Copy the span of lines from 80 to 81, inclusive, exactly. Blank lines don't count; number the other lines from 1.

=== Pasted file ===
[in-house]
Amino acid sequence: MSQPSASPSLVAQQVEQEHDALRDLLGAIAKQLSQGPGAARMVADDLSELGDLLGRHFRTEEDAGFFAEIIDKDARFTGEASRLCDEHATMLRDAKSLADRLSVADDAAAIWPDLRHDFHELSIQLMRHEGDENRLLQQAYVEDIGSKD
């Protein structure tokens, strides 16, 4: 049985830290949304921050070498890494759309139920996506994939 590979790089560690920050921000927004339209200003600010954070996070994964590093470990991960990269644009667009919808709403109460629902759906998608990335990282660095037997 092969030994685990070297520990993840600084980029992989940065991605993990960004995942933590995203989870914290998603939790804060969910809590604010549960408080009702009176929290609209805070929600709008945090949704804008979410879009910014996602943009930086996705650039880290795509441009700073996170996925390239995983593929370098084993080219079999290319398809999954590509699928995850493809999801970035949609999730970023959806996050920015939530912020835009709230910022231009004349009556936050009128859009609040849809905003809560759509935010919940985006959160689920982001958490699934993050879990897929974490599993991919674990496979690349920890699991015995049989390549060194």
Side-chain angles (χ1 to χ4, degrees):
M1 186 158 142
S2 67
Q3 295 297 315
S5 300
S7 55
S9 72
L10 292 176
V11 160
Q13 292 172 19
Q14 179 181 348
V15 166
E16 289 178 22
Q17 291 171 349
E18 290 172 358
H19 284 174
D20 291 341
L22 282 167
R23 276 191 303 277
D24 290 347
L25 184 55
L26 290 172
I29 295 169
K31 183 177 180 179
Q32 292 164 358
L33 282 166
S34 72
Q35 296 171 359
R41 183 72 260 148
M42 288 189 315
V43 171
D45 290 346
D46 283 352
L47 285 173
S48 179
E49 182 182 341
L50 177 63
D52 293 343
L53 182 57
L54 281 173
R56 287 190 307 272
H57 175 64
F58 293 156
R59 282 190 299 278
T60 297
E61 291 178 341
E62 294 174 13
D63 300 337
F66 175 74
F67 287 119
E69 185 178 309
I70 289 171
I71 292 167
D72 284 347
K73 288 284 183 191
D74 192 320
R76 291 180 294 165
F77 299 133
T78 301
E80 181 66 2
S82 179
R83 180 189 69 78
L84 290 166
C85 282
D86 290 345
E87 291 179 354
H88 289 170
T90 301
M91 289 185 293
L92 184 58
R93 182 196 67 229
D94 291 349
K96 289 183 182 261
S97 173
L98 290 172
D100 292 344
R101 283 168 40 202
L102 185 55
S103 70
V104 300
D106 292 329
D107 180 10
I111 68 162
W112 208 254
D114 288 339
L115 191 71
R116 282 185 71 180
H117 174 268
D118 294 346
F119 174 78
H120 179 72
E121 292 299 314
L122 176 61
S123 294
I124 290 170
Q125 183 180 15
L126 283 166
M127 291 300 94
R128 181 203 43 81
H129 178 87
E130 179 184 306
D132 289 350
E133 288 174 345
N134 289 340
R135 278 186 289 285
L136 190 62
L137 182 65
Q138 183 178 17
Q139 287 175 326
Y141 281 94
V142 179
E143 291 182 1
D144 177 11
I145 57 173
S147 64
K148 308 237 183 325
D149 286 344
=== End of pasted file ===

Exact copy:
R101 283 168 40 202
L102 185 55